Know Your Tow Weights To Prevent Disaster

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Having a truck can make towing a recreational trailer a reality, but towing can quickly turn into a disaster when you aren't prepared to accommodate the weight of the trailer you intend to haul. Being a responsible truck owner means knowing your tow weights in order to prevent serious accident or injury while you are on the open road.

Here are three types of weights that you need to be paying attention to in order to ensure that you are able to safely tow your trailer in the future.

1. Your trailer's gross weight.

Before you hook up your recreational trailer to your truck, you should know exactly how much the trailer weighs. This information can typically be found by utilizing a public scale at your local truck stop or weigh station.

Since the gross weight measures how heavy your trailer is when fully loaded, you should pack up any off-road vehicles or camping equipment you will be hauling on a regular basis prior to weighing. Drive across the scale until only the trailer's tires are on the scale itself, then record the measured weight.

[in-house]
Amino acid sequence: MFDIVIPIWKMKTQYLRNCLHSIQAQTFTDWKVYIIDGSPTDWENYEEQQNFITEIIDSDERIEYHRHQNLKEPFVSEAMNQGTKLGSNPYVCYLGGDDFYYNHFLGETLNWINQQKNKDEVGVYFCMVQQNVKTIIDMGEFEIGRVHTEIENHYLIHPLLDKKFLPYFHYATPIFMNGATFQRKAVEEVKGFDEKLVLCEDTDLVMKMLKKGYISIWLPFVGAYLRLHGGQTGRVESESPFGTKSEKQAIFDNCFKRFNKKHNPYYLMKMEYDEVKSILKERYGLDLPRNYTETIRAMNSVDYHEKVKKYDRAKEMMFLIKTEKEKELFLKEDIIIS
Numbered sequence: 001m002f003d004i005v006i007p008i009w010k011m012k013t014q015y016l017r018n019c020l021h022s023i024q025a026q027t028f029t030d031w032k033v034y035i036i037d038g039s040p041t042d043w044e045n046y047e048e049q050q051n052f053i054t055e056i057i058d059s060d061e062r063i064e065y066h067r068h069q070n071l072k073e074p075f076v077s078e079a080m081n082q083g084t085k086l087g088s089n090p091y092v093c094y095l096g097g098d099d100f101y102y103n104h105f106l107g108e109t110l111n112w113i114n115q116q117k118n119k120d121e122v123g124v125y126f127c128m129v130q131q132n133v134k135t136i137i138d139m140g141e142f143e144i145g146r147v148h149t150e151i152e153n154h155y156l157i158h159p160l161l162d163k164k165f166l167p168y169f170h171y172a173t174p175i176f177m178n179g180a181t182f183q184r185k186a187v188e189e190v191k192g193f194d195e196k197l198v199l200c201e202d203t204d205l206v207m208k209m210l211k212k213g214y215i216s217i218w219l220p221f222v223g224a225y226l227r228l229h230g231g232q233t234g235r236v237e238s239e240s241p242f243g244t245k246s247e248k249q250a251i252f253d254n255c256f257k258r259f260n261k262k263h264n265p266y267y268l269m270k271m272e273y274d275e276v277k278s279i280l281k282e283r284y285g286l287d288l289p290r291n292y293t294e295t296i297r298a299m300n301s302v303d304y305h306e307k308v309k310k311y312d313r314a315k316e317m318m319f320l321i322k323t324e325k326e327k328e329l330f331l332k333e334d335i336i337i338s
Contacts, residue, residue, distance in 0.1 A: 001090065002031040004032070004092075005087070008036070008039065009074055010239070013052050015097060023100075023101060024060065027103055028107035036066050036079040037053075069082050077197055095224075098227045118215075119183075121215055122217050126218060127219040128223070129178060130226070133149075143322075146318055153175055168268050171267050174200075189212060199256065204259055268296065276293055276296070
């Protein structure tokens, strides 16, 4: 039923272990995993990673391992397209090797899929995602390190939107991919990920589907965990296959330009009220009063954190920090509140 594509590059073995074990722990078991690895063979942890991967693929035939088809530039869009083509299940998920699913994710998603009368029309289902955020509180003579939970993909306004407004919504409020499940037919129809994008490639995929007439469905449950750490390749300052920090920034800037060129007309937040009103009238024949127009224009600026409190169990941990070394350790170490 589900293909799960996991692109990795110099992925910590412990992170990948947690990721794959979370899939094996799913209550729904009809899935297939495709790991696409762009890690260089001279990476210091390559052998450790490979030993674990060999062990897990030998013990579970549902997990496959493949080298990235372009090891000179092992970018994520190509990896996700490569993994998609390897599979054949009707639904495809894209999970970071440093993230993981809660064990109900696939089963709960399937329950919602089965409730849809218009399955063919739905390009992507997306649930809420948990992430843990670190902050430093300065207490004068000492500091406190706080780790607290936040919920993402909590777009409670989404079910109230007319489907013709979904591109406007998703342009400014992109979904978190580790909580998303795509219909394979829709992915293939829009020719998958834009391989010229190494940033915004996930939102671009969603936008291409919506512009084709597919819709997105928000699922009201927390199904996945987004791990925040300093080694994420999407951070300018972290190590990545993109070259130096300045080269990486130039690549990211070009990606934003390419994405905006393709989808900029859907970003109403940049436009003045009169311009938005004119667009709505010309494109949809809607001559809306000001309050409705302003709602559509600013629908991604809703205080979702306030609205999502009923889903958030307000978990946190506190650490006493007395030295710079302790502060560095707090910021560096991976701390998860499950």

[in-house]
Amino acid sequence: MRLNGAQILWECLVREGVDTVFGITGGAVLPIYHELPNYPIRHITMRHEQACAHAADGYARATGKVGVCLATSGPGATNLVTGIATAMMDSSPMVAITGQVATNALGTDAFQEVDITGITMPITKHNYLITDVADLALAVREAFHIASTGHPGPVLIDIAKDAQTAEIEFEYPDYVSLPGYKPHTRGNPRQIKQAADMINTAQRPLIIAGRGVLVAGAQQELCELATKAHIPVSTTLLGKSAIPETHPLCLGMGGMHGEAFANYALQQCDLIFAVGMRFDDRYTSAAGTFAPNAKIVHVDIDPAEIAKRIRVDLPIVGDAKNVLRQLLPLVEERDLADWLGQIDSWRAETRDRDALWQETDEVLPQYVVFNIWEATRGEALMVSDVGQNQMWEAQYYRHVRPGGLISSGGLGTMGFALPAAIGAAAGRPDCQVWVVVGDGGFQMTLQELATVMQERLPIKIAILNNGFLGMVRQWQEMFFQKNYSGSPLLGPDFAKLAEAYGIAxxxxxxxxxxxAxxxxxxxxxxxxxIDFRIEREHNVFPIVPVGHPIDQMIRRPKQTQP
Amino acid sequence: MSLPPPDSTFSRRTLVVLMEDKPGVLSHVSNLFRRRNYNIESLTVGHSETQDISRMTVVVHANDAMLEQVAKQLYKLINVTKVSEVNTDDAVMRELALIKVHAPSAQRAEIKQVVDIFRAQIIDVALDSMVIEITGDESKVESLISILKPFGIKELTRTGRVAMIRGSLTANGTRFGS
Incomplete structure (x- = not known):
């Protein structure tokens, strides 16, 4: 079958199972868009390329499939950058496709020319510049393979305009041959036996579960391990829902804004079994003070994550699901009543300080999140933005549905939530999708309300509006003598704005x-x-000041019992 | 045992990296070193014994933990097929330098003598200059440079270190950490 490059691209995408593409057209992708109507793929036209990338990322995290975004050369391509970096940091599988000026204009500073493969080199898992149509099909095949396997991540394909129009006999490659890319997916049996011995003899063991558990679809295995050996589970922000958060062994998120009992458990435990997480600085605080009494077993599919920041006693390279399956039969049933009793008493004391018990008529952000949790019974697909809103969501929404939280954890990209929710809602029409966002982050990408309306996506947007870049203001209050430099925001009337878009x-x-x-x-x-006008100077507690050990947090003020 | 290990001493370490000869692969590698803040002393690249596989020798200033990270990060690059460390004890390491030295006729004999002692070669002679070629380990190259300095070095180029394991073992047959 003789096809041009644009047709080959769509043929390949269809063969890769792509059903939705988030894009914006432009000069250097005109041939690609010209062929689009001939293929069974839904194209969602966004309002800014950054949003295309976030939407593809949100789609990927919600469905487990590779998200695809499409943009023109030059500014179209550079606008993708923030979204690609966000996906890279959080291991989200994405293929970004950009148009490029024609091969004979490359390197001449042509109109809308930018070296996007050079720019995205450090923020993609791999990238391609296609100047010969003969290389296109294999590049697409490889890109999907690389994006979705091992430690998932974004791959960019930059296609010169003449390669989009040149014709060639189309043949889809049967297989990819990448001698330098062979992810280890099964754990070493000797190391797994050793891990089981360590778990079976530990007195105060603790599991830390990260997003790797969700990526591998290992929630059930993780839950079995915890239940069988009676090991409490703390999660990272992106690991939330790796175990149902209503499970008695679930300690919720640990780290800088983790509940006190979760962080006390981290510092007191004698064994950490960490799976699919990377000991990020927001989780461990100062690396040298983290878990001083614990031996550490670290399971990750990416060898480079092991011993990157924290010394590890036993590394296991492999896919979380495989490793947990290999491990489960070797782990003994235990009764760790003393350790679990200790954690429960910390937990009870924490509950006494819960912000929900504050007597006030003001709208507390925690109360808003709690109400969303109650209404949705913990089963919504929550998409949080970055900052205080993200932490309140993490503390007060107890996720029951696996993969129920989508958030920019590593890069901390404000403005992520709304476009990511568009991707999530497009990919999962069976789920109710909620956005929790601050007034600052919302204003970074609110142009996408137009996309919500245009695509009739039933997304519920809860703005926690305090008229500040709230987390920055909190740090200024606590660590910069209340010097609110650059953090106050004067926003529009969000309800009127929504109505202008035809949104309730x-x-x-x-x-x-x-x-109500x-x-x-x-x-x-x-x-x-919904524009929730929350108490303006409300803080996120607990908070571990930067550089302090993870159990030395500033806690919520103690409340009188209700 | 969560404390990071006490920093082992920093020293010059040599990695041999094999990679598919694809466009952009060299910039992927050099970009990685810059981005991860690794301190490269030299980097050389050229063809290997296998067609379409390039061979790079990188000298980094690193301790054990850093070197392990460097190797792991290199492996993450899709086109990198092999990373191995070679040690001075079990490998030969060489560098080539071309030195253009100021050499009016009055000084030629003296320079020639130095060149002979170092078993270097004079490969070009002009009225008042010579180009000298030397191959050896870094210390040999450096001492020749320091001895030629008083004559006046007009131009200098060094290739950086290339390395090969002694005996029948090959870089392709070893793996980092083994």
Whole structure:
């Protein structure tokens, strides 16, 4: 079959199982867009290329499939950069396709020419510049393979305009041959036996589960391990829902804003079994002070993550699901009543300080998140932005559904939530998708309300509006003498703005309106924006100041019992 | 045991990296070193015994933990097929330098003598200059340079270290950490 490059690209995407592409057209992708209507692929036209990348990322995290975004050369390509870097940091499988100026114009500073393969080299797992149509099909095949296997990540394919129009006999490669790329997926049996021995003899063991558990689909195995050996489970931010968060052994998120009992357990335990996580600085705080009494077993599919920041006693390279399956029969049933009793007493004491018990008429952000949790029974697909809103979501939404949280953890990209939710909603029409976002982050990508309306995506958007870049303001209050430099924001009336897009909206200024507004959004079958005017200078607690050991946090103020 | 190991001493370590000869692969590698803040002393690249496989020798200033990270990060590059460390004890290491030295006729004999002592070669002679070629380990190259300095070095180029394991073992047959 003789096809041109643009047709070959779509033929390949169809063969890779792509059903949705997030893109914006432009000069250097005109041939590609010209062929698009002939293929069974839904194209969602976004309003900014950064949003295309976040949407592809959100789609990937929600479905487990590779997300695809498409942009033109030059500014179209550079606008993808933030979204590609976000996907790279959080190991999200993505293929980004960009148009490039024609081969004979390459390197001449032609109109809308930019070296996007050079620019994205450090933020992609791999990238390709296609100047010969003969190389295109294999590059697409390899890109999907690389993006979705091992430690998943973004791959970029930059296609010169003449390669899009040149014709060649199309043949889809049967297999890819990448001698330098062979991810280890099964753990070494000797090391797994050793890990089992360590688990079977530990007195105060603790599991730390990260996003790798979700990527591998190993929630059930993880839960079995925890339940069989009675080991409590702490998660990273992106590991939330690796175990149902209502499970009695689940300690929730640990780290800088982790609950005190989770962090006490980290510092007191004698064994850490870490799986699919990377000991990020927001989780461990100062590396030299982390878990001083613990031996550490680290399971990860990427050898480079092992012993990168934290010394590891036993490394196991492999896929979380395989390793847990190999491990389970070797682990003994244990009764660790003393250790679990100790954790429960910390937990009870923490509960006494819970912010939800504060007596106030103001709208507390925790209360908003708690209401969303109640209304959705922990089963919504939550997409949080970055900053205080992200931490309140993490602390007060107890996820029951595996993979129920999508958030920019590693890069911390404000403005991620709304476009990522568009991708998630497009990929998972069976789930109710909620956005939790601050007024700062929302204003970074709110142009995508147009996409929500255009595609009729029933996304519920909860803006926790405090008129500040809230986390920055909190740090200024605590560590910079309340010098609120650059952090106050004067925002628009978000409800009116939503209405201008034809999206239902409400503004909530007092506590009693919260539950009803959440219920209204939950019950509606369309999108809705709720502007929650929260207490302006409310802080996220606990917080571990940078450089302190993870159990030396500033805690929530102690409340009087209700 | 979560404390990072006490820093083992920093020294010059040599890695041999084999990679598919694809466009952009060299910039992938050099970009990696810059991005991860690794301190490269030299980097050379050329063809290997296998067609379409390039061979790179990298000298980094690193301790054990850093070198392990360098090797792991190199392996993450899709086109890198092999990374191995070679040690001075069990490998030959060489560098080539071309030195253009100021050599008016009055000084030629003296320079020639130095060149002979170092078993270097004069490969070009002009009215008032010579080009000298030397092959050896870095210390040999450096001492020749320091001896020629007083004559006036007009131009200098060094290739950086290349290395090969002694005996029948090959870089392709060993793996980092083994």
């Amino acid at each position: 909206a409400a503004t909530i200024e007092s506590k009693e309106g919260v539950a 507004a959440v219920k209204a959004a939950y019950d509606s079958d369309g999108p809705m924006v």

2. Your vehicle's gross combined weight rating.

Each truck is specifically engineered to be able to tow a certain weight safely. When you exceed this weight limit, you run the risk of a potential towing malfunction. The gross combined weight rating for your vehicle is a guideline that tells you how much total weight your vehicle can safely accommodate. This includes the weight of the vehicle, the trailer, any occupants within the vehicle, and any items loaded on the trailer.

Understanding that, when you add passengers to your vehicle, you may need to reduce weight from your trailer to avoid going over the gross combined weight rating can be beneficial in keeping you safe while you tow in the future.

3. The tongue weight of your trailer.

The amount of weight resting directly on your hitch is referred to as the tongue weight of your trailer. You want to carefully manage your tongue weight to ensure safe towing.

When you don't have enough weight on the tongue, your trailer could sway excessively during transit. Too much weight on the tongue will cause an uneven weight distribution to your truck's front tires, negatively affecting your ability to steer. A good rule of thumb to follow is to ensure that about 10% to 15% of your trailer's total weight is resting on the tongue to maximize towing efficiency.

Taking the time to know about some vital tow weights will help you safely haul your recreational trailer in the future.